Both Withings and Fitbit integrate well with 3rd party sites. If you turn the way-back machine on for Withings, you’ll remember at the very beginning they were all about getting 3rd parties to integrate with their platform. That legacy is ultimately why they’re in the position they’re in. And the same is mostly true for Fitbit and weight scale integration.
These integrations occur behind the scenes after you’ve linked your accounts together. It usually only takes a second one, and then from there you’re good to go forever. It’s true: Every once in a while I’ll forget about some account I linked years ago and then find my weight data up to date there. Kinda funny.
To understand a bit of the compatibility offerings, here’s links to each company’s partner pages. You can view all of the partners there, and figure out if the platform you use is on the list:
Withings Apps/Site Partners (106 apps as of today)
Fitbit App/Site Partners (32 apps as of today)
Garmin App/Site Partner (1 app as of today: MyFitnessPal)
Note that some partners don’t support weight data, for example, Strava doesn’t sync weight data from Fitbit – just activity tracks. So I’ve tried to exclude those from the above list. I also do find it refreshing that even Withings Scales can push to the Fitbit site. Kinda neat.
Also, in some cases, I find the partnerships don’t actually work. For example, my Withings Scale and TrainingPeaks account is paired – yet it doesn’t actually get any data from Withings to Training Peaks. I suspect that feature died years ago. (Update: A few readers in the comments have said there’s does work, so perhaps even though I’ve recently reset the connection, something else is still broke for just me. Good for others though!)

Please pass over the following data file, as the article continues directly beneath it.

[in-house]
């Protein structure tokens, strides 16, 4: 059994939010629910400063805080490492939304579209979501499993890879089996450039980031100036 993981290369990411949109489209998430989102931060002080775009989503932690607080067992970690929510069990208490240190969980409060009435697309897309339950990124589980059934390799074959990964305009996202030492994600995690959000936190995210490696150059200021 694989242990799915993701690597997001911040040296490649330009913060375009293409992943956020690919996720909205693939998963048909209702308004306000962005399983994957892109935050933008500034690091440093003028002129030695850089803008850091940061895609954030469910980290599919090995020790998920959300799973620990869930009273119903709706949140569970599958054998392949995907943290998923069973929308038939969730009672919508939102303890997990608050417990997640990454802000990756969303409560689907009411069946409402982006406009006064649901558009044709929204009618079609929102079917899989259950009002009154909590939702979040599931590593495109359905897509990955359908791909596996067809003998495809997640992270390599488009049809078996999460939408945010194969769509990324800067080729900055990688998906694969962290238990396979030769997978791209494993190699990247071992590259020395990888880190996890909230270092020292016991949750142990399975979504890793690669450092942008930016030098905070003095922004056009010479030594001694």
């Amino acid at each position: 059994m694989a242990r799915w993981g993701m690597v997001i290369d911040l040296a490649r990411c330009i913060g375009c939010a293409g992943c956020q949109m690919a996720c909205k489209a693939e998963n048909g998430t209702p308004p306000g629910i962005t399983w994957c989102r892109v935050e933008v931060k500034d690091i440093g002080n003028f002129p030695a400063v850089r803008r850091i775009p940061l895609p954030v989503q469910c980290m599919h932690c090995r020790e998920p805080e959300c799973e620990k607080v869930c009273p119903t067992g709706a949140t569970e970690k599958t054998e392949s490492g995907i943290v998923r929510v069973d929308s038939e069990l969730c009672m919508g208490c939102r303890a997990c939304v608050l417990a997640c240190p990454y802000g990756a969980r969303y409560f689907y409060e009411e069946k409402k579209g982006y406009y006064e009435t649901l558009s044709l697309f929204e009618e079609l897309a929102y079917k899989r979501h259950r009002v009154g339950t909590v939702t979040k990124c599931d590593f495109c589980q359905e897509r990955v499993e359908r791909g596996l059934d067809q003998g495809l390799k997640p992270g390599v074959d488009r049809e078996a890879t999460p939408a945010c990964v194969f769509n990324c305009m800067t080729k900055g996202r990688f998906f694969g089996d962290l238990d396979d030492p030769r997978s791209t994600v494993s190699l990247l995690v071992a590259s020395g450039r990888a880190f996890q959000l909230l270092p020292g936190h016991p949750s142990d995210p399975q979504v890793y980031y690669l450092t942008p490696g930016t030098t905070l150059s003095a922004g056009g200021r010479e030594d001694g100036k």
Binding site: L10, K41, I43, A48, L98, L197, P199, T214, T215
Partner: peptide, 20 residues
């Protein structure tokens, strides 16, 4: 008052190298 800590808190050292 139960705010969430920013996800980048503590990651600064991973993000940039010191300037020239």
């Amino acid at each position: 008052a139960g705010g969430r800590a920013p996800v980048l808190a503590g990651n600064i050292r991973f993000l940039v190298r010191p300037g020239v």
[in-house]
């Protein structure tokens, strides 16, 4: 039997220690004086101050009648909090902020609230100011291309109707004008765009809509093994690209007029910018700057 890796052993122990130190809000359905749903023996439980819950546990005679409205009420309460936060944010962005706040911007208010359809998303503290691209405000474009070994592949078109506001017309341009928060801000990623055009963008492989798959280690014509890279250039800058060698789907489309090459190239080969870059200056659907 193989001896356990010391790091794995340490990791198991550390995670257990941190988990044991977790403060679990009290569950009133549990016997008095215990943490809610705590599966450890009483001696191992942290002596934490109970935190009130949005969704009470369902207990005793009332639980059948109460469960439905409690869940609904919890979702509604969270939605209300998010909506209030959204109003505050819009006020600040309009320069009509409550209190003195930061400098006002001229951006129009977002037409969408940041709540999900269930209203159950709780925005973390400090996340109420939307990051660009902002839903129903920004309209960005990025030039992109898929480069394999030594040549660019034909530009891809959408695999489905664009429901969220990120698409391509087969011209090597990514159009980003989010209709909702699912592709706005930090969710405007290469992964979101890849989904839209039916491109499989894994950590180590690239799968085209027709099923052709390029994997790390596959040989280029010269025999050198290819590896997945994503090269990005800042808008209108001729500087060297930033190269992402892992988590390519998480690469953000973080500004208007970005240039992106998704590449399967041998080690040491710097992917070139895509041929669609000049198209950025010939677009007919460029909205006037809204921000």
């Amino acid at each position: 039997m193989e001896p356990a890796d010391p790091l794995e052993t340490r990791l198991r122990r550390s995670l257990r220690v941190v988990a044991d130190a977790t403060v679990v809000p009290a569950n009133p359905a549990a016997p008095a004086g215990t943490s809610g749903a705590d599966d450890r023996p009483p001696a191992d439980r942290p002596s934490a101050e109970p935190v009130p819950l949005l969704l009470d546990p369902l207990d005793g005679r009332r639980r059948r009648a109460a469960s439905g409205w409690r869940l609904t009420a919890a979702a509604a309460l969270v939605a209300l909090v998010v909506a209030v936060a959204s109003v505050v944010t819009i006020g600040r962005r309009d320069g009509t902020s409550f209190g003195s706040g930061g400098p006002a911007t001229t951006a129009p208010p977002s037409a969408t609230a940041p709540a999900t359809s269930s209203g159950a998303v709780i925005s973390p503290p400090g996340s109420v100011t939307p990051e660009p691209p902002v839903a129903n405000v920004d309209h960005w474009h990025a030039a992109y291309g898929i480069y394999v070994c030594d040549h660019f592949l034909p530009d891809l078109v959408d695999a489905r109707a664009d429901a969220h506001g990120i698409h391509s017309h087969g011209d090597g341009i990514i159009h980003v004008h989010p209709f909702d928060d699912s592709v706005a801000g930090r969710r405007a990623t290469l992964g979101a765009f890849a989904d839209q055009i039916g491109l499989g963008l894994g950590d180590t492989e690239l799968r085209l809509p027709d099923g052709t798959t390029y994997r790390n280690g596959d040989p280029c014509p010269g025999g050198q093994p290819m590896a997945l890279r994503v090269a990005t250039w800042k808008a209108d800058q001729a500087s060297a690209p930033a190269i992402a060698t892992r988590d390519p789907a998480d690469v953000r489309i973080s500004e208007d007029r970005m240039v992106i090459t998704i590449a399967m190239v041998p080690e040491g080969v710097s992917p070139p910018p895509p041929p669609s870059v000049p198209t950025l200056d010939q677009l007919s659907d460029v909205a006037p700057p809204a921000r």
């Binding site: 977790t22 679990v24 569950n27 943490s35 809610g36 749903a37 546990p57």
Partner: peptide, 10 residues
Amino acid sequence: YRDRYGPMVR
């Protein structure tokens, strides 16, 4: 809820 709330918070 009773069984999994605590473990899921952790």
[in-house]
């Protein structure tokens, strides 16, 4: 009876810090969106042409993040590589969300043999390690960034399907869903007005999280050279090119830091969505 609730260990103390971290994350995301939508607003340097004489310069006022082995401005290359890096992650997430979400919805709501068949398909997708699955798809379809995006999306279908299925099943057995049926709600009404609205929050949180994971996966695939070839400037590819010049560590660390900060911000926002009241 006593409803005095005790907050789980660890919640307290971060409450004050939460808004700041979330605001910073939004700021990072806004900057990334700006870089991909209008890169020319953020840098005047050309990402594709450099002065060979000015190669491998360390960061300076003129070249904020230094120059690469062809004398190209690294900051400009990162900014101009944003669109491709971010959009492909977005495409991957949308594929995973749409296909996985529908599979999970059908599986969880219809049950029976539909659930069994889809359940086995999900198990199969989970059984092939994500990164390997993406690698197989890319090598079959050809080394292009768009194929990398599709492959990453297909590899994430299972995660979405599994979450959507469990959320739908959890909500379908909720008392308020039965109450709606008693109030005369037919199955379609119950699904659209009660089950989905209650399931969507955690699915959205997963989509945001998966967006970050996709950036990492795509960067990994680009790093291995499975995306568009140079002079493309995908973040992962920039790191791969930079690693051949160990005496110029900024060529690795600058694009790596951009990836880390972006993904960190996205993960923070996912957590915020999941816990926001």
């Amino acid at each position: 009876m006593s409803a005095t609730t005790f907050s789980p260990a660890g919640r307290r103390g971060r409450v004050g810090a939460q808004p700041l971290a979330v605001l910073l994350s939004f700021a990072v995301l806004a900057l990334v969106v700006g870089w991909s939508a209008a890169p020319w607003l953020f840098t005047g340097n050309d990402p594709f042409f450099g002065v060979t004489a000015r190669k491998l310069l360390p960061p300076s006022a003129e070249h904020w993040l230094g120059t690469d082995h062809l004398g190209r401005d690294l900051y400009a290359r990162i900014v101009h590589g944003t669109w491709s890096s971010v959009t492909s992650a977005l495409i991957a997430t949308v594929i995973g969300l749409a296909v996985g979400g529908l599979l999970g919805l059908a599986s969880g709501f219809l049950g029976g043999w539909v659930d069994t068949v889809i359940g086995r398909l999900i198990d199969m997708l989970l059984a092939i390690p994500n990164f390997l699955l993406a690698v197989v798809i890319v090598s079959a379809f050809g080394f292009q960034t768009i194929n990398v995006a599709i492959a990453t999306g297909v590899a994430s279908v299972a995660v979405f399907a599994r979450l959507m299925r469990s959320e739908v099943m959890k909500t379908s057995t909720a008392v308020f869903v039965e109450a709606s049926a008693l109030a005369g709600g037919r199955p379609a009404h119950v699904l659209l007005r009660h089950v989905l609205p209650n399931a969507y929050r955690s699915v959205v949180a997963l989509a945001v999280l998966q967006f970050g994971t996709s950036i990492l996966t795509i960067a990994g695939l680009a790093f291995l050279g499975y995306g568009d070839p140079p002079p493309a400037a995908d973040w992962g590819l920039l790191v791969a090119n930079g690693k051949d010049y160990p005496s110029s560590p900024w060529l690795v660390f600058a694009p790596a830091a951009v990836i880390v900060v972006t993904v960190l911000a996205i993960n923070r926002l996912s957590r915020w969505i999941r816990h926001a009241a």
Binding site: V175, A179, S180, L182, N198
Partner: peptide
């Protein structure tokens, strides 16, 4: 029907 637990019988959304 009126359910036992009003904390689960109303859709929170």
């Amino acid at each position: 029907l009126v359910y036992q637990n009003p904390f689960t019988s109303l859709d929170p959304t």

Finally, I should clarify one minor loophole that I’ve noted above, which is the MyFitnessPal loophole. See, for the last year or so, since MyFitnessPal and Garmin Connect hooked up – they’ve sorta traded weight data, though hardly in any official manner. Essentially if you hooked up your Withings or Fitbit scales to MyFitnesPal, and then connected Garmin Connect to MyFitnessPal, that weight data will actually sync backwards (or forwards?) into Garmin Connect. It isn’t always reliable, or quick – but it does generally get there.
So, to make it simple, it looks like this: